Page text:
Four Great Innovations Past and Present: Four Disruptive Players from Four Different Industries and How They did it – Part One Mazda MX5

Posted by on Jul 30, 2014 in Commentaries | 0 comments

In our previous July 7th commentary piece, we shared what Mr Tharman Shanmugaratnam had said at the DBS Asian Insights Conference on 4th Jul 2014.   Mr Shanmugaratnam had said that it was unlikely that Singapore would ever return to the formula of relying on cheap labour for its competitiveness.  Instead, Singaporean corporations and businesses must rely on an innovative culture within the organisation to spearhead productivity and innovation to outperform the competition.

We listed in another earlier article “4 Signs Why your Business will need to Innovate in the New Economy” four imperatives for innovation in corporations and businesses:

1) Factors of Production

2) Sophisticated Domestic Demand

3) Supporting Workforce and Industries

4) Domestic Rivalry

In this four-part article, we would like to share the first of four great examples of innovations past and present that can illustrate how four disruptive players from four different industries have made use of the above imperatives for innovation, with special emphasis and highlight on one factor for each.  At the end of each part, we also highlight the relevant Beanstalk Creative™ Design Thinking principles and techniques that were embedded within the factors of innovation for that particular example.


Part 1.  Mazda MX 5 (1982 – 1989)


What is the Innovation:

The Mazda MX5, also known as the Miata in the US, and the Eunos Roadster in Europe, was a worldwide winner and to this day, the Guinness World Record best-seller of its genre, conceived at a time when the market for roadsters (two-seater convertible sports car) was taking a nose-dive.    Mazda in-house innovation research team conceived the MX5 from the ground up.  Every single part, including the bolts and nuts, was designed from scratch based on the conceptualisation of the research team.   This conceptualisation began with an important document which defined the very concept of a sports car for Americans, where the market was.  The report highlighted the key essential desirable features which were consolidated from the list of features that each member of the in-house innovation research team felt was most important to him-/herself:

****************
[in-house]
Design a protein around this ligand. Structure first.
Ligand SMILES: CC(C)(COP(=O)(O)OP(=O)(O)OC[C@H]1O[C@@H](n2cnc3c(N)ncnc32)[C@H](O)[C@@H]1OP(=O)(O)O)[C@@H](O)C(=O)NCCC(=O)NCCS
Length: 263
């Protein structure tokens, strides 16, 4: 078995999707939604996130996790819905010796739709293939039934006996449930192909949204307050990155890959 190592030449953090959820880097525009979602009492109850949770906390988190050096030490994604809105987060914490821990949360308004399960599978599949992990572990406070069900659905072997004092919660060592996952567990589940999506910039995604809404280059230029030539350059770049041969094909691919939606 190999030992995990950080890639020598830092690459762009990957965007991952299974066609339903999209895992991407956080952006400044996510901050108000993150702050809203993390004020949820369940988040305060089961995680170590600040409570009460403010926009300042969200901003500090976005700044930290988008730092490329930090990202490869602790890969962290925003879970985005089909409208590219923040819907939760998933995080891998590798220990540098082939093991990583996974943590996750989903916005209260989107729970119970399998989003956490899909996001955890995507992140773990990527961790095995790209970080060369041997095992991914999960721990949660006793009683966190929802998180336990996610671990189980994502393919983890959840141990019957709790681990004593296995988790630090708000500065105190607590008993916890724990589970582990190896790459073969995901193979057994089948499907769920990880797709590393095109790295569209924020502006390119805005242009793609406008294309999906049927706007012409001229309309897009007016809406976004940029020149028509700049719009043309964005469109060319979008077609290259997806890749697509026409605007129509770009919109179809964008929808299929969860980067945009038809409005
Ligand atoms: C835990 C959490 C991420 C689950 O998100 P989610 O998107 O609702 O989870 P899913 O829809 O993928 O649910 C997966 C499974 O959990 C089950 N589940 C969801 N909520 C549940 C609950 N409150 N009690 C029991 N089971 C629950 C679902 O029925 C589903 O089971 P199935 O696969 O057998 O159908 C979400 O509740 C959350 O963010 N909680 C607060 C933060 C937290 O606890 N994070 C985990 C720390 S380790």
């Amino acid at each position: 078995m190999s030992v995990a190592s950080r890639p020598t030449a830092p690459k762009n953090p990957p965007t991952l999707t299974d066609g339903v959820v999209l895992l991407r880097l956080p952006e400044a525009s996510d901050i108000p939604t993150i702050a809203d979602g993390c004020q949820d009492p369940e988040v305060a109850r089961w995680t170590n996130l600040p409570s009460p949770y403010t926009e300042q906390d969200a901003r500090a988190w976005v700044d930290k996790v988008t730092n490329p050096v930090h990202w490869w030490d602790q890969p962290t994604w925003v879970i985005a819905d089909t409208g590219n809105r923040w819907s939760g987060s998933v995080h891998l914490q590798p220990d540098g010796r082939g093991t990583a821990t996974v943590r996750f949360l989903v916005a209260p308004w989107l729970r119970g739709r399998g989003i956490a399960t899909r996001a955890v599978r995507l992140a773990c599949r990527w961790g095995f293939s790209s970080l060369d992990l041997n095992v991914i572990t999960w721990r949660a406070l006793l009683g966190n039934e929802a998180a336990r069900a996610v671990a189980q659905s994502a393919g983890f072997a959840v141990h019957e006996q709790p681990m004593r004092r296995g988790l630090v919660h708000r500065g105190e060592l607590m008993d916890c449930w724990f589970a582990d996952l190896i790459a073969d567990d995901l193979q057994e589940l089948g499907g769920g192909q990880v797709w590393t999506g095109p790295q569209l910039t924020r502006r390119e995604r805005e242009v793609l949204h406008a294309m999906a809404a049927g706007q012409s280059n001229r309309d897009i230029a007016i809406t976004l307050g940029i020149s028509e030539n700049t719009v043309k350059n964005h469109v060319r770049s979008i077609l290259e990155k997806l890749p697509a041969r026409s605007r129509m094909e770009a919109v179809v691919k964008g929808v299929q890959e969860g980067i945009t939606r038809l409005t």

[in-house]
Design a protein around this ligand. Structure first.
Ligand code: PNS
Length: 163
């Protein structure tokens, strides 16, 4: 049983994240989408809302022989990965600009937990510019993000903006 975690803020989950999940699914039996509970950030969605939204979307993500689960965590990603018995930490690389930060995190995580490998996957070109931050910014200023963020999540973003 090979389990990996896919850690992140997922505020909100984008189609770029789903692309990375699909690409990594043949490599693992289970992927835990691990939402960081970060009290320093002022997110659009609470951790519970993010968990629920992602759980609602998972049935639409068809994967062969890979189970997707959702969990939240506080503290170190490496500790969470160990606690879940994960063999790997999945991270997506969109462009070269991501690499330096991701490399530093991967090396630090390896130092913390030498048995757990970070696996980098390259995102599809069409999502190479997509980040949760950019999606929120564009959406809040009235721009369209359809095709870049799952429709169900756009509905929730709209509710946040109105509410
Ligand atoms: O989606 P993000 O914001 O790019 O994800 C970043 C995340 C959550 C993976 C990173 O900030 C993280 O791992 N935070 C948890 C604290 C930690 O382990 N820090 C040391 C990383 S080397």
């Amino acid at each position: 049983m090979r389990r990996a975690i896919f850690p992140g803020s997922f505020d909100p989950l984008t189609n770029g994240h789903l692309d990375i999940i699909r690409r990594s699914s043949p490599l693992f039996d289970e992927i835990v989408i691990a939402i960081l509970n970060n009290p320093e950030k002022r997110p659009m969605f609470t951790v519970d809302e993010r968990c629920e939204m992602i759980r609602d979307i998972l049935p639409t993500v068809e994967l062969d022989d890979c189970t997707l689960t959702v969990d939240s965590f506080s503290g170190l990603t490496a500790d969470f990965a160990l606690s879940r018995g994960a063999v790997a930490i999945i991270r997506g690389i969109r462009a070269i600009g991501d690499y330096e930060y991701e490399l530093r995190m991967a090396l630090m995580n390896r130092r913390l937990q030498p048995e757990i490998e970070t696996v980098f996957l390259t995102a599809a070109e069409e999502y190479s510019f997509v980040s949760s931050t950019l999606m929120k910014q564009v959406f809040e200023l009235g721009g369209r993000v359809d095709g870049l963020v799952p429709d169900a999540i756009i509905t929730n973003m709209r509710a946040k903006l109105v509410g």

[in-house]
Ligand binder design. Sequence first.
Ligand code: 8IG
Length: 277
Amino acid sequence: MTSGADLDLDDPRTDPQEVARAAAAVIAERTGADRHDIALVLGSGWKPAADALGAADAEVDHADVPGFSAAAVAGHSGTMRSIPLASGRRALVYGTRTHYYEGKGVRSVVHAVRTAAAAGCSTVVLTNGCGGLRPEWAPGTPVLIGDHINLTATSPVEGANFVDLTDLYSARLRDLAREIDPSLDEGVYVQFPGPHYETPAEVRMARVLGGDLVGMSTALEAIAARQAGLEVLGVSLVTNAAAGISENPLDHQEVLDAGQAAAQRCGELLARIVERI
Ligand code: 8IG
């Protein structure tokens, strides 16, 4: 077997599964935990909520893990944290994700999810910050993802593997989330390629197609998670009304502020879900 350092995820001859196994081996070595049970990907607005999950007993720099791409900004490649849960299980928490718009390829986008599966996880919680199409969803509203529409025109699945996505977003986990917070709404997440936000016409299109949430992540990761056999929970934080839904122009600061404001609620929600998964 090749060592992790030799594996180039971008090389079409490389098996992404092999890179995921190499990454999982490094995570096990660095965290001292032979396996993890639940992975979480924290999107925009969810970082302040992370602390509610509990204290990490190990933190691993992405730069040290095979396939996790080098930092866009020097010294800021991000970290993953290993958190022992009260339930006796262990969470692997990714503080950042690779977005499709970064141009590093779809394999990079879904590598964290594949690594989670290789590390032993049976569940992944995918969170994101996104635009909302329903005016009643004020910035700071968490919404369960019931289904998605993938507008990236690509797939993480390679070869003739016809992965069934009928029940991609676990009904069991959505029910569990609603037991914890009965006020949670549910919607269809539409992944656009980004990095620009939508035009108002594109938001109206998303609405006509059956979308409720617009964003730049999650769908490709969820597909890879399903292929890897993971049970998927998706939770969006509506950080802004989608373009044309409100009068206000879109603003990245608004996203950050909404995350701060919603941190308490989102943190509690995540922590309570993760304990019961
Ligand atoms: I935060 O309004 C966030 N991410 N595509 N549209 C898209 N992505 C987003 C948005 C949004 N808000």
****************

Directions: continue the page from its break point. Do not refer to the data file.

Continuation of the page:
• a long nose containing a front-mounted engine which drove the rear wheels
  • did not have to be fast in absolute terms, but it had to feel faster than it was
  • conservative design based on the British roadsters of the 1950s and 960s that had left an indelible impression on the US motoring public
  • had to have a convertible top
  • image to inspire cult-like devotion

A sexy, fun-to-drive roadster with good performance and affordable price was thus conceived though in-house innovation and developed into an all-time-winner with the model remaining essentially unchanged for a total of ten years!

Factor to Highlight: Factors of Production

Like many other Japanese car makers, Mazda had identified the vast potential for sales in the USA during the 1960s and entered the US market in 1970.  The RX-7 it introduced took the US market, and many others, by storm, a success that in large part could be attributed to its use of rotary engine technology.  By 1981, Mazda had established its own headquarters in the USA, Mazda (North America) Inc.  The Mazda MX5 was the brain-child of Mazda North America.  Thus Mazda had specifically conceived the MX5 for its primary US user market by adopting a truly global approach to locate its R&D facilities in the US to take advantage of the market access as well as the R&D resources available.

Relevant Beanstalk Creative™ Design Thinking principles and techniques

One of the first things that the lead designers Bob Hall and Mark Jordan asked all the in-house innovation and research engineers do during the brain-storming and design thinking workshop was to ask them to imagine themselves as owners and drivers of a dream sports car and to list down all that this sports car would do for them and how they should feel driving it.  This initial brain-storming was to prove instrumental to the break-through innovation of the Mazda MX5.  The appoach to “put yourslf in the shoes of your customers” is a key principle of The Beanstalk Creative™ Design Thinking methodology.  The tecnique involved here was as simple as what the Mazda North America in-house innovation and research team had done, which was to ask yourself how the perfect experience would be like using this product and/or services.  The importance herein is the emphasis not merely on the physicalities of a product and/or services but on the emotional aspects as well.


Please read Part Two of this article.

If you have any queries about our in-house innovation training and design thinking workshops, please do get in touch with us!


Leave a Reply

Your email address will not be published. Required fields are marked *

%d bloggers like this: